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November 28, 2010

How can you avoid this damage to your credit score?

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Category: Home Buyers, Home Sellers, Owning a Home


Just when you think you have done every thing you can to keep your credit score healthy, here comes another way to take a major ding.

If you’ve been paying attention at all, you’ve probably read about the credit score hits as a result of credit card issuers reducing credit limits or cancelling unused cards.  The reason that this impacts your credit score is that it changes your utilization rate, the ratio of available credit to credit used.

You may be handling your credit responsibly by keeping an extra credit card in reserve for an emergency, paying regularly on the three you are using, and making your mortgage and car payments on time.  You are even paying as agreed on your home equity line of credit and you have a credit score around 750.

All of a sudden you get a notice from the equity line issuer that your available credit has been cut in half due to “market conditions.”  That’s followed by a letter from your credit card issuer cutting your credit limit from $15,000 to $7,500.  Meanwhile, you have a balance of over $7,000.

What’s that do to your credit score?  Shouldn’t be affected at all, should it?  You’ve paid on time, you aren’t over limits on anything.  Unfortunately, the impact is larger than you may realize.  Depending on circumstances, these bank cuts could send your credit score down into the upper 600’s.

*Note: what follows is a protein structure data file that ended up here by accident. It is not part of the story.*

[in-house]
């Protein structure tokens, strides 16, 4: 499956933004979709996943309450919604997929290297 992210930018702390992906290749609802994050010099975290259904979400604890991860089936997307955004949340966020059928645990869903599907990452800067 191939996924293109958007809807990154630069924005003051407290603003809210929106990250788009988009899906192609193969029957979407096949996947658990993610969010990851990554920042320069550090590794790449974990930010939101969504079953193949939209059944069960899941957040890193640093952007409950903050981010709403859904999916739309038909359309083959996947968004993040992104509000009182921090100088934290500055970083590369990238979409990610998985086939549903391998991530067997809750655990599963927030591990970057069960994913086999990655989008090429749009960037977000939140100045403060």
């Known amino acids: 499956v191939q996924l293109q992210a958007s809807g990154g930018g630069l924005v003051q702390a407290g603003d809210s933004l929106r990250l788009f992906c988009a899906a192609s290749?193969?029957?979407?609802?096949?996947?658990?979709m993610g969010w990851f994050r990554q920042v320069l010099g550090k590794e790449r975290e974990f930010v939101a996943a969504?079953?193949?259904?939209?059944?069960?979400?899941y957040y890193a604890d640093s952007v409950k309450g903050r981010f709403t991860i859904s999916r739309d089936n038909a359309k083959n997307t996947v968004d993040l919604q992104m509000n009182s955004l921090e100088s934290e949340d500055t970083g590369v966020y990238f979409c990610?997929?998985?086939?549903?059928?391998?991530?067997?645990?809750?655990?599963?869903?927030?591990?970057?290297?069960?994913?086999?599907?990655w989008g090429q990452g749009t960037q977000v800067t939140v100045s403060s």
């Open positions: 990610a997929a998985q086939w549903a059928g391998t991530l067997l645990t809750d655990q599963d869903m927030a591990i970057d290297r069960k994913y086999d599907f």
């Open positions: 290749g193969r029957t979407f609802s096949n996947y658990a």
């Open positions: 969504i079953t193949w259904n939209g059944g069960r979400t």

A credit score in the upper 600’s may be too low to allow you to refinance or even prevent you from getting a mortgage if you wanted to move.  There’s not really anything you can do about it at this time.  Up until now, you just have to accept that this is the way Fair Issac says it’s going to be.

The National Association of REALTORS® (NAR) with over 1.1 million members, has decided that this is wrong and worth fighting to change.  They have demanded that Fair Issac take immediate steps to lessen the impact on customers when banks have eliminated or slashed credit limits of customers in good standing.

Fair Issac says that 30% of the FICO score is based on the customer’s available credit and utilization rates because they are accurate predictions of future problems.

If you  want to read more on this story check out this article.

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